Pastors nationwide continued to dialogue and voice strong opinions about the issues surrounding the St. Louis grand jury decision, announced Monday evening, not to indict Ferguson police officer Darren Wilson for the fatal shooting of Michael Brown, as well as the subsequent demonstrations.
"None of us really knows exactly what happened in the Ferguson shooting. Sadder is that even many Christ followers don't seem to want to know," posted Pastor James MacDonald, founding and senior pastor of Harvest Bible Chapel based in the Chicago area, on Instagram (see below). "What we appear to prefer is lining up without nuanced analysis entirely on one side or the other."
MacDonald gave examples of the views people line up with. "'All police are driven by racial prejudice and out to get racial minorities' – oh please! Or 'all police actions are justifiable and there is no abuse of authority or pent up feelings of righteous anger in our urban centers' – oh please!"
"If Michael Brown was justifiably shot – do we deny that many die unjustly in these environments just because this is not a good example of police brutality? If Michael Brown was not justifiably shot, do we deny that many officers rightly fear for their lives at thankless jobs in no win environments and have to make life or death decisions in a fraction of a second?
MacDonald continued, "Can you let your heart be moved with compassion and seek to be moved for the impossible predicaments of real people on both sides of this? Come on Christians – the essence of Christ's compassion is hearing what the person in pain is saying and feeling and walking a few feet in their shoes. We are called to compassion for everyone [on] all sides of this escalation not taking a single simplistic viewpoint and thereby 'crossing by on the other side of the road.'"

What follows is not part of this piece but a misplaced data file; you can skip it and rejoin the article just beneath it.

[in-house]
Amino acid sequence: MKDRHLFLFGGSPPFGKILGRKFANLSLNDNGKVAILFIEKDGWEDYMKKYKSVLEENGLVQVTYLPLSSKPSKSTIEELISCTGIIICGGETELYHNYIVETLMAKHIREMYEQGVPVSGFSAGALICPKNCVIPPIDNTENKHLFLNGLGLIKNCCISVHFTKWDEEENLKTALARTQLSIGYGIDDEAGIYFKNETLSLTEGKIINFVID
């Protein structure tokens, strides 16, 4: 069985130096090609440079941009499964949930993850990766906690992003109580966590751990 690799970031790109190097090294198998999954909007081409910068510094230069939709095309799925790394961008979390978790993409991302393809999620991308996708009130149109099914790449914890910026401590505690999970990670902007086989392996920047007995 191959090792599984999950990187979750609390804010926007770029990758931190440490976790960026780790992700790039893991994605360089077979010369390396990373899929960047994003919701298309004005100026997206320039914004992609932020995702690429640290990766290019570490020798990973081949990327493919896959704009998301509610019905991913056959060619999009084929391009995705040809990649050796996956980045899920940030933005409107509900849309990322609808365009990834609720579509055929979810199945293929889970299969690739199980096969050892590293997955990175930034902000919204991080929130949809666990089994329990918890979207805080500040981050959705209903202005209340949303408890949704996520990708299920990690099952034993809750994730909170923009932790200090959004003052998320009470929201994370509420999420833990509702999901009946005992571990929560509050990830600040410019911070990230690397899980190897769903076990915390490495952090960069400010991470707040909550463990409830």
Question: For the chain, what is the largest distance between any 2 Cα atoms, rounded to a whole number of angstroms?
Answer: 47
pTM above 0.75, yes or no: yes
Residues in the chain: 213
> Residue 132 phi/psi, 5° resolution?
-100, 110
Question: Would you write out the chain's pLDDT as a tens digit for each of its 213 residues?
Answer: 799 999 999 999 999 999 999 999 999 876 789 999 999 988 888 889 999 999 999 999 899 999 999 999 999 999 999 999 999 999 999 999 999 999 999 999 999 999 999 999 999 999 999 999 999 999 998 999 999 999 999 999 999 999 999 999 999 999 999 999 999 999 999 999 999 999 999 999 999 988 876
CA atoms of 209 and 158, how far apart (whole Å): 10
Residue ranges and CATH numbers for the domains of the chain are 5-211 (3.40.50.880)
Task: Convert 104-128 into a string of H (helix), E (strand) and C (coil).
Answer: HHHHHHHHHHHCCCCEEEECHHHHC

Ed Stetzer, executive director of LifeWay Research Division, expressed a similar sentiment in his blog post on Tuesday.
"Please do not be one of those people who ignore the hurt. You would not do that in your interpersonal relationships, so don't do that in our national conversation," Stetzer wrote. "The point is not to ignore or devalue facts in a specific instance, but to recognize that, in all relationships, there are other issues to also consider."
He concludes his post, after quoting three evangelical African American leaders, by sharing his hope that "as we move into the holiday season, beginning with Thanksgiving later this week, we will take a moment with our friends and family to pray for the people of Ferguson, Missouri, and people everywhere in our country who feel oppressed and unjustly treated. Might we love them with the sacrificial, unconditional love of Jesus."
Prominent Christian leaders began to quickly issue statements and use social media to voice their concerns on Monday evening, after St. Louis County prosecuting attorney Robert McCulloch announced the grand jury's findings during a press conference.
"The single antidote that will truly alleviate the tension and angst in Ferguson, Missouri, resides in the peace that only Christ can render," said the Rev. Samuel Rodriguez, the president of the National Hispanic Christian Leadership Conference/Conela. "The prophetic and conciliatory concept of 'Shalom' — a peace where nothing stands missing or broken — presents the prescription for a community divided by race and fear."
Derwin L. Gray, founding and lead pastor of the multi-ethnic Transformation Church in South Carolina, wrote in his blog that both inside and outside the church, "it appears that black people (and other minorities) and white people see events like the tragedy in Ferguson from totally different perspectives. As a pastor of an intentionally multiethnic, multiclass church, I believe Jesus' church can bring healing to the deep wounds in our country by being a testimony of how the cross and blood of Jesus can bring about reconciliation and justice."
Also, on Monday after the decision was announced, Pastor Mark DeYmaz, founder of the Little Rock, Arkansas-based Mosaic Church and of the Mosaix Global Network, told The Christian Post: "Sadly, while the American Church remains enamored by all things missional, America remains divided over all things racial as once again evidenced tonight in the town of Ferguson, Missouri. In this moment, then, and for the sake of the Gospel, Evangelicals must embrace the biblical fact that lament, repentance, reconciliation, and justice, is not peripheral to the Gospel but intrinsic to it; and more than that, address their churches accordingly."